News & Insights

United States District Court For The Southern District Of New York Grants An Architect’s Motion For Summary Judgment Against Cross Claims For Indemnification And Contribution Based On Construction Deviations From The Architect’s Design

In Corwin v. NYC Bike Share, LLC, No. 14-CV-1285, 2017 WL 1399034 (S.D.N.Y. Apr. 13, 2017), the Southern District of New York granted a Motion for Summary Judgment in favor of Alta Planning + Design + Architecture of New York, PLLC (“APD”) against the City of New York (the “City”) based on deviations from APD’s design of a bike share station which the Court concluded constituted an intervening cause of the alleged damage.

On April 10, 2012, the City entered into an agreement with NYC Bike Share, LLC (“NYCBS”) for the design, construction, operation, maintenance, and publicizing of “Citi Bike,” a network of self-service bike share stations with publicly available bicycles.  The agreement required NYCBS to design and install on-street bike parking stations with appropriate protections and markings from adjacent parking and moving traffic, including non-permanent bollards and paint markings.  NYCBS contracted with APD to provide planning and site design of the Citi Bike stations.  Without APD’s knowledge or approval, the footprint of one such station was enlarged, to include a temporary riding lane, and a concrete wheel stop.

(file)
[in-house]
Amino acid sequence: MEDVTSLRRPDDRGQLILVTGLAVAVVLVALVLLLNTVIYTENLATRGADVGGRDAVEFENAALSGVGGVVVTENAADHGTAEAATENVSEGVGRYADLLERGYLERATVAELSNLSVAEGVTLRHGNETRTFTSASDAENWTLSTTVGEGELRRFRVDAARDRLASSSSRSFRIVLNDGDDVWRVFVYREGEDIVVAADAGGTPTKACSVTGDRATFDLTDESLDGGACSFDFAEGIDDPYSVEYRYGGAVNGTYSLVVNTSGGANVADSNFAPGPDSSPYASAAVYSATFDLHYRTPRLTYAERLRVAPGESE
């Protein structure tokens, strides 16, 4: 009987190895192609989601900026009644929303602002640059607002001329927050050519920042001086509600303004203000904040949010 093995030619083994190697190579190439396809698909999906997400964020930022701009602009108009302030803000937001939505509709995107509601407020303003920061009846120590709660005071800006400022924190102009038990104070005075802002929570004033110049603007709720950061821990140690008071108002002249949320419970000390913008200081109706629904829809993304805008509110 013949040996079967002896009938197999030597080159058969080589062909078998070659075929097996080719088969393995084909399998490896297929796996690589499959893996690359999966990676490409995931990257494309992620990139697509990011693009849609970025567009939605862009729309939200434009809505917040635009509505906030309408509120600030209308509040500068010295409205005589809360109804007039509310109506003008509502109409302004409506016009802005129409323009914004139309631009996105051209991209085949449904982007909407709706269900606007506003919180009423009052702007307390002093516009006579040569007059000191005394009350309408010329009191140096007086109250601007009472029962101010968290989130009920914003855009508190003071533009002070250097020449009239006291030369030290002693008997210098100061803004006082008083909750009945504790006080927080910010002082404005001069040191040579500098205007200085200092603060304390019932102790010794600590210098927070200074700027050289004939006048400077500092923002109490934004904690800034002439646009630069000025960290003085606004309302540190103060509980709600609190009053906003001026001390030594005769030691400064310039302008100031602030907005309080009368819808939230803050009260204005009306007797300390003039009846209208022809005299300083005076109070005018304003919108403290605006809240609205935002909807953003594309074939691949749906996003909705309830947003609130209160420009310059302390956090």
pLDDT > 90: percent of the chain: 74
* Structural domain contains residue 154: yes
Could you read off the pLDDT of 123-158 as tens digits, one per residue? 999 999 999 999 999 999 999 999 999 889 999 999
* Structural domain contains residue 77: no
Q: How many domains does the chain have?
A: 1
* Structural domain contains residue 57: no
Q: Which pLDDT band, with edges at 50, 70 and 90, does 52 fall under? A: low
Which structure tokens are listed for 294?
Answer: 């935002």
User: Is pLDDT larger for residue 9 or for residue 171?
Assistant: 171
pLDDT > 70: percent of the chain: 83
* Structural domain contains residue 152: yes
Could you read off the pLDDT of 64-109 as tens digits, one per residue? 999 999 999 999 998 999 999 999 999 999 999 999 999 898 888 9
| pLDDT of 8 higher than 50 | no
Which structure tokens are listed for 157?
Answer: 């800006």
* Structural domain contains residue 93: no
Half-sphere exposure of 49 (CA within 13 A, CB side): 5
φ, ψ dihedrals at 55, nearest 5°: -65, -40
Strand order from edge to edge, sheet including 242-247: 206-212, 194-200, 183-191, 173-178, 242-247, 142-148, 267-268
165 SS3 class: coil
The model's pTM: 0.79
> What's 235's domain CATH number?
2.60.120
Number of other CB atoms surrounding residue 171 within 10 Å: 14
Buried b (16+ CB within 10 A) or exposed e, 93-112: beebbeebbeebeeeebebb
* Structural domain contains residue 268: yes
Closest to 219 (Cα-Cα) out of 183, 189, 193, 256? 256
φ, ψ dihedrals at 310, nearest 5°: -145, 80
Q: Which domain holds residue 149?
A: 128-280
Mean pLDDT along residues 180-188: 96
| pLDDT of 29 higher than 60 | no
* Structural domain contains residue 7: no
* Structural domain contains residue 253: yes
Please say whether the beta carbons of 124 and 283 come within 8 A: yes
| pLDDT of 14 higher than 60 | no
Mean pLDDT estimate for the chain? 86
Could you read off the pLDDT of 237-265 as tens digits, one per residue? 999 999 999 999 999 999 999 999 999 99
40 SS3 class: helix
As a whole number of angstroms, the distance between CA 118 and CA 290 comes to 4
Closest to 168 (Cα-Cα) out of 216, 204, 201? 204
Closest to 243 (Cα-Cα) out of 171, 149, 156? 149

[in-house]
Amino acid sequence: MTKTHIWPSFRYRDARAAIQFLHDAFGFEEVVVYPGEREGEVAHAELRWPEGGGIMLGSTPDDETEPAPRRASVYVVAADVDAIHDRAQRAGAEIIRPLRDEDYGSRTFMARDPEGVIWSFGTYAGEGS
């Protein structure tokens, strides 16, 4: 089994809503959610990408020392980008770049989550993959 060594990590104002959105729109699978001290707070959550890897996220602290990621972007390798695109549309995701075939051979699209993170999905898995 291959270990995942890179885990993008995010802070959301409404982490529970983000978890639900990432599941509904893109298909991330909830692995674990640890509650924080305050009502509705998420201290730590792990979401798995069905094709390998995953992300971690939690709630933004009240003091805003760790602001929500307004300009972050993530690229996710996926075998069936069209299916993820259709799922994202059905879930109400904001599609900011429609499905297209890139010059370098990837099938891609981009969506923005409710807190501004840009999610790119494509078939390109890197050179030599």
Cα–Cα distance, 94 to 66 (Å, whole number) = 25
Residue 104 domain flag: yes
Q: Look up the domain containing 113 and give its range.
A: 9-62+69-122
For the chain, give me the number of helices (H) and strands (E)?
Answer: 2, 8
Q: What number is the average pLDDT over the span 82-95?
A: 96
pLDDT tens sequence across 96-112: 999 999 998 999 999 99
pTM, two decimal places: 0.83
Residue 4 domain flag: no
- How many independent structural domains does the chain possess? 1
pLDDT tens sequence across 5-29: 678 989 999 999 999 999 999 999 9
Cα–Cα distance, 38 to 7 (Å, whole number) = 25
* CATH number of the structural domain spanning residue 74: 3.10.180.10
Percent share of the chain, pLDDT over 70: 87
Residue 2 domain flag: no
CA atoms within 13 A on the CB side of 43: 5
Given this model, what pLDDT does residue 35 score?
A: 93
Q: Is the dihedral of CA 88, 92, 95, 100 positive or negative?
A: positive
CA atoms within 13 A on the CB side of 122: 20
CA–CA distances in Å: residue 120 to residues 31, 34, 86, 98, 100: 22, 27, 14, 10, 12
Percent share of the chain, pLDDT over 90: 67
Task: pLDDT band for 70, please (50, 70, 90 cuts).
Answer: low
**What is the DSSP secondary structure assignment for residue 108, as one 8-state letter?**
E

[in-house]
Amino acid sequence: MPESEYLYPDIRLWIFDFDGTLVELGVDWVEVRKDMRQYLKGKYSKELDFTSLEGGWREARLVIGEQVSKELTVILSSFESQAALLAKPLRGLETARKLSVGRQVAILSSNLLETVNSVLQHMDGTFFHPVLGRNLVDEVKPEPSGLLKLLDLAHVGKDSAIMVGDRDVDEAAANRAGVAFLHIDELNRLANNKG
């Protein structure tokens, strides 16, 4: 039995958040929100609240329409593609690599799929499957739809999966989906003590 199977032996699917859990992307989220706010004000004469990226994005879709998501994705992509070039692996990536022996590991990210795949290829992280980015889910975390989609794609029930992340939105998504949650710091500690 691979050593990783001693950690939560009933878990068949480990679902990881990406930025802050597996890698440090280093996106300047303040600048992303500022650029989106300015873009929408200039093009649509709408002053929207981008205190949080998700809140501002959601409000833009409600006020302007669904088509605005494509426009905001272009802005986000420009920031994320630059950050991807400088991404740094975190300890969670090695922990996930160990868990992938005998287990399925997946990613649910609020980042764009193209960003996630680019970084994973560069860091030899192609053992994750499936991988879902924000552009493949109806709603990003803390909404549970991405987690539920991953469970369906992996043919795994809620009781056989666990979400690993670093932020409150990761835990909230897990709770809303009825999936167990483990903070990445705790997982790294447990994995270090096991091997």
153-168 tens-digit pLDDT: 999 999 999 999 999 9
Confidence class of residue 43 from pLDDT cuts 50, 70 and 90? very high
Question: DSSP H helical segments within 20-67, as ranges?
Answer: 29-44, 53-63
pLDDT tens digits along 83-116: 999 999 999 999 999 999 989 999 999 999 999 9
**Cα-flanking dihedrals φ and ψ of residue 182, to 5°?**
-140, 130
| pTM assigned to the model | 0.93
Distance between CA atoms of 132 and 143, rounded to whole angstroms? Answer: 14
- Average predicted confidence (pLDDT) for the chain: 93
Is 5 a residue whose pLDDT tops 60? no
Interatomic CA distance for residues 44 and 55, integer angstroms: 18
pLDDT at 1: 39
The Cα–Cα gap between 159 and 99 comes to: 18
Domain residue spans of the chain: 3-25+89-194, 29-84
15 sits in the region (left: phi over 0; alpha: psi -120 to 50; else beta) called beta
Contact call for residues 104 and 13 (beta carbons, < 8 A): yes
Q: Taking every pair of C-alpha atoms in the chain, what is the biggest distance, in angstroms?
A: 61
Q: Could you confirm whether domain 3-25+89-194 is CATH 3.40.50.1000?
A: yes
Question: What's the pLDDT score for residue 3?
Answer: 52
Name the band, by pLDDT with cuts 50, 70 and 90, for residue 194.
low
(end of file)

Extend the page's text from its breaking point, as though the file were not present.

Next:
On October 25, 2013, Ronald D. Corwin was injured while riding a Citi Bike when he collided with the concrete wheel stop.  Mr. Corwin sued the City and APD, among others.  The City filed cross claims against APD for indemnification and contribution based on APD’s alleged negligent design of the station.

The City argued APD’s design was defective and contributed to Mr. Corwin’s injury because APD failed to insist on conspicuous wheel stop colors or to call for shorter, less intrusive wheel stops.  The Court rejected this argument, noting the question at issue was whether APD’s design for the Station played a causal role in the particular accident in question, not whether including the wheel stop was professionally negligent.  The Court held the wheel stop was a deviation from APD’s design, and this was an “absolute defense to liability,” because it had cut off the causal link between Mr. Corwin’s injuries and APD’s design.

The Court’s decision in Corwin is good for a design professional.  It reaffirms that an architect or engineer is not liable where construction deviates from the design.  As the Court explained, deviations from an architect or engineer’s design extinguishes the causal connection between a defect and an injury suffered by a third party.